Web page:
SANTA FE, NEW MEXICO – Today, the United States Bureau of Land Management published a revision to the Waste Prevention Rule that will eliminate duplication and cut red tape for New Mexico’s oil and natural gas producers. The controversial rule was initially put in place during the waning moments of the Obama administration, while methane emissions around the country and New Mexico collapsed even as oil and natural gas production increased.
“Safely and responsibly producing oil and natural gas is a priority for all operators in New Mexico, and that includes capturing as much methane as possible,” added Flynn. “Methane emissions are falling because energy producers are leading the way in developing and implementing new technologies to reduce the footprint of operations and improve gas capture.”
According to EPA data, oil and natural gas methane emissions nationally have fallen 16.3% from 1990-2015, while oil production is up 28% and natural gas production has increased by 52%. In New Mexico, methane emissions in the San Juan Basin have dropped an astonishing 47% and fallen 6% in the Permian Basin, as state oil production in has climbed 104% and natural gas production has increased by 1%.
“Across the board, every producer wants to protect our environment and capture as much methane as possible. Innovation and responsible regulation is the key to getting it done,” added Flynn. “The revision of the BLM Waste Prevention Rule will allow producers to continue to focus on finding new solutions and technologies to drive further reductions in methane emissions.”
More than 50% of oil and natural gas production in New Mexico takes place on federally-managed lands. If it had stood, the BLM rule would have devastated the state’s budget, driving producers away from doing business on New Mexico’s vast federal lands. The impact to local economies would have been severe, especially in San Juan County where small natural gas producers and thousands of wells would have been forced to shut down. In the southeast, federal leases in BLM’s Carlsbad office would be at stake. The New Mexico field office there recently hauled-in nearly $1 billion in one sale, a record for federal onshore energy leases. More than $466 million of that revenue generated, or 48%, goes directly to the State of New Mexico to fund schools, roads, and public safety.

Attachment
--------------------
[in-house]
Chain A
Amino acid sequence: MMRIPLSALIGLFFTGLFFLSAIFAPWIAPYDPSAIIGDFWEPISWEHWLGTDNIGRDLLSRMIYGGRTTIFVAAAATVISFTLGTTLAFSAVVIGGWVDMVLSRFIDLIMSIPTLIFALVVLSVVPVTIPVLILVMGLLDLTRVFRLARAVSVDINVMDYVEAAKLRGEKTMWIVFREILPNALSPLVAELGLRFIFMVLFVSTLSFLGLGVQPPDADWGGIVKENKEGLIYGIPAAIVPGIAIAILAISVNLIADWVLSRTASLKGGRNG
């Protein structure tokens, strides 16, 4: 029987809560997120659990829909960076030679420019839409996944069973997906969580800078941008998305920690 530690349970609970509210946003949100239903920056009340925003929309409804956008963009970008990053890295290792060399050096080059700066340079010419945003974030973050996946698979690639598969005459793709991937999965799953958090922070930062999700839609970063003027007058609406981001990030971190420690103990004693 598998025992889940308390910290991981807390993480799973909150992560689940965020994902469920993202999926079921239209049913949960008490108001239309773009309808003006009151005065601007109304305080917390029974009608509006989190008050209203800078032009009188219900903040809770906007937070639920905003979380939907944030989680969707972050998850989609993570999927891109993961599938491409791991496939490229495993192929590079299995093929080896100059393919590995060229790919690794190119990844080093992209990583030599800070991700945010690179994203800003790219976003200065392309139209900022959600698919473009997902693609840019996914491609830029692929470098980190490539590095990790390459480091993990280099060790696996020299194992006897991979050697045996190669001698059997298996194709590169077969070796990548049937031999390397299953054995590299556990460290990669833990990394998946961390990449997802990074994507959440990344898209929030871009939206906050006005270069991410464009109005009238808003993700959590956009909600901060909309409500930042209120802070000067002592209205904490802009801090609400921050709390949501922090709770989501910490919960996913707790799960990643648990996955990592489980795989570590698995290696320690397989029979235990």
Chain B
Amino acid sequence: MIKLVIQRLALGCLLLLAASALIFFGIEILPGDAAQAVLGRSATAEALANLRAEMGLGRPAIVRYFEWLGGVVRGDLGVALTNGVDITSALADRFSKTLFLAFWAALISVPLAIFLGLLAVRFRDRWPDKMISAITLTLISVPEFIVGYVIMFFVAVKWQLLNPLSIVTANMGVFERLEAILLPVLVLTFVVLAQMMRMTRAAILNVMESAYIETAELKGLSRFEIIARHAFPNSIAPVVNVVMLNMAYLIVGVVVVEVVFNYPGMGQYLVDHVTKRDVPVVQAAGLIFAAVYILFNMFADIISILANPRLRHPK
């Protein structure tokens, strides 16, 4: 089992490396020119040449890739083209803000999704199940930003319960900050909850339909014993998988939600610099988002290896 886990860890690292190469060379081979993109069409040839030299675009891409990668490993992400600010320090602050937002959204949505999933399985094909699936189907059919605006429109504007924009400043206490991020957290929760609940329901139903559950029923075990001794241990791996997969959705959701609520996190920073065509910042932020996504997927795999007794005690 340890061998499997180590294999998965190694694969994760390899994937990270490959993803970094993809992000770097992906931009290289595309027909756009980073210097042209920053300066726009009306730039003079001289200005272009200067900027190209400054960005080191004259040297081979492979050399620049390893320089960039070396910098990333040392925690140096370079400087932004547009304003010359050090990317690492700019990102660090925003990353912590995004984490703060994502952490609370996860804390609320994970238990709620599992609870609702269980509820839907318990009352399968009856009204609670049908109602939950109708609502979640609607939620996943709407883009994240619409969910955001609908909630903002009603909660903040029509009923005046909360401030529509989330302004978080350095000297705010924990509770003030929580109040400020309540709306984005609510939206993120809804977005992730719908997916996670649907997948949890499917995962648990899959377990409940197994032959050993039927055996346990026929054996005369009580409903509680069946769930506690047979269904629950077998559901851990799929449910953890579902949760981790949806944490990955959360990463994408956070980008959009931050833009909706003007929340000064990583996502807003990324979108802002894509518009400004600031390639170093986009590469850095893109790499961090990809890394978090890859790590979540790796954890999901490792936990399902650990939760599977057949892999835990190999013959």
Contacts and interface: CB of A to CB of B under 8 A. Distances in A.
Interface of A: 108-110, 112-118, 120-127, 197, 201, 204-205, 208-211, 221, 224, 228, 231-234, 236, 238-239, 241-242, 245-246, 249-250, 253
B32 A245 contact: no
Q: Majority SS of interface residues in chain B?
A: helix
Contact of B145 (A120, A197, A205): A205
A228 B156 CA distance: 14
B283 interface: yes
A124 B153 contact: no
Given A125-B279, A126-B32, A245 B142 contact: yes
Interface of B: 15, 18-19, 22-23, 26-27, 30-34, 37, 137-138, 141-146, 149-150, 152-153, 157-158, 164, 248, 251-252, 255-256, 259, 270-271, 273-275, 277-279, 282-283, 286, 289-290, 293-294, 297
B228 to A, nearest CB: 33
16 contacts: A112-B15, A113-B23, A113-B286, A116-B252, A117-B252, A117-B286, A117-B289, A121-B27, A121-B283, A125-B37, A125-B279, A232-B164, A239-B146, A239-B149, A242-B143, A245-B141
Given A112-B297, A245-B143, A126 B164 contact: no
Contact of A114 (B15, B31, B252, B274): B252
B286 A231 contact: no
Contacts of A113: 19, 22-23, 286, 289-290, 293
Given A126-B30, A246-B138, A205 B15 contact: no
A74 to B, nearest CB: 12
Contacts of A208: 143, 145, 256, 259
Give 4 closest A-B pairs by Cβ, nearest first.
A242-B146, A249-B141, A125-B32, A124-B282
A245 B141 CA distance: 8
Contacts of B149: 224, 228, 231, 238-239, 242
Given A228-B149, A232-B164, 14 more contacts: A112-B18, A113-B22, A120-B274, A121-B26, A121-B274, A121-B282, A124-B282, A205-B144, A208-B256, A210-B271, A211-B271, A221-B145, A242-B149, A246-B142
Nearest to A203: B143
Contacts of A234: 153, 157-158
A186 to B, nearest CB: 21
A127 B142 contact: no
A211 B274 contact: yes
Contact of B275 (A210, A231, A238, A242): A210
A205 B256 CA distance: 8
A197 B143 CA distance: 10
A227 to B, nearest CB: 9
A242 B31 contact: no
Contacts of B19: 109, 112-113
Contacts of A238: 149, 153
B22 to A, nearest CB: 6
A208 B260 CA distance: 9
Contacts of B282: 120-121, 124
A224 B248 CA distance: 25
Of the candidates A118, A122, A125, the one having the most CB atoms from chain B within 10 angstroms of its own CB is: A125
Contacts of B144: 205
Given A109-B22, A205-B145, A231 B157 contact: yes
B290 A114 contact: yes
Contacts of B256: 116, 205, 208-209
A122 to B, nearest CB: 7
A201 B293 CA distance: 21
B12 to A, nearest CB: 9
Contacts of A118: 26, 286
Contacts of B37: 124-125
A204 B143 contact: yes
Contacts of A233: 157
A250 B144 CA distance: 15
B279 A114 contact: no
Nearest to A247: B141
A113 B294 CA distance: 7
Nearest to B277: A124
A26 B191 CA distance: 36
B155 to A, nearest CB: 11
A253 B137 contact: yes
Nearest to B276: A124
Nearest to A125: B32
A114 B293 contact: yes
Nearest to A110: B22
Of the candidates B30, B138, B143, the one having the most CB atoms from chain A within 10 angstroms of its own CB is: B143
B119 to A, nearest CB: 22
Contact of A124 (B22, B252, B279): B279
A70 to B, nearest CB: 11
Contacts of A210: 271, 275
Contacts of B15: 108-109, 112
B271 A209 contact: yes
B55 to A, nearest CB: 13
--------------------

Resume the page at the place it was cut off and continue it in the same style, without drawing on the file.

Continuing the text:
“In the real world, away from Washington, DC, these rules have major consequences for families who rely on a strong energy sector to provide for their children and loved ones, and also for those communities who rely on the energy industry to support small businesses and lift up their public schools,” concluded Flynn.
New Mexico’s oil and natural gas industry is currently in the midst of unprecedented growth, with the state having set annual records in oil production and number of active rigs. At the beginning of 2018, figures from the United States Energy Information Administration showed New Mexico leaped other oil-producing states to become the country’s third-largest producer of oil. This growth led to a recovery of New Mexico’s economy and finances, with the state now reporting a whopping $1.2 billion budget surplus largely driven by growth in the oil and gas industry. Most of the state’s revenue goes to funding for public education.
The oil and natural gas industry is New Mexico’s top economic driver, responsible for more than 100,000 New Mexico jobs and accounting for $1.742 Billion in tax revenue for schools, health care, and public safety. Based in Santa Fe, New Mexico, the New Mexico Oil and Gas Association (NMOGA) represents the hard-working men, women, and families of the oil and natural gas industry in New Mexico. NMOGA is dedicated to promoting safe and responsible energy policies, while strengthening New Mexico’s economy and ensuring a bright future for our state’s children.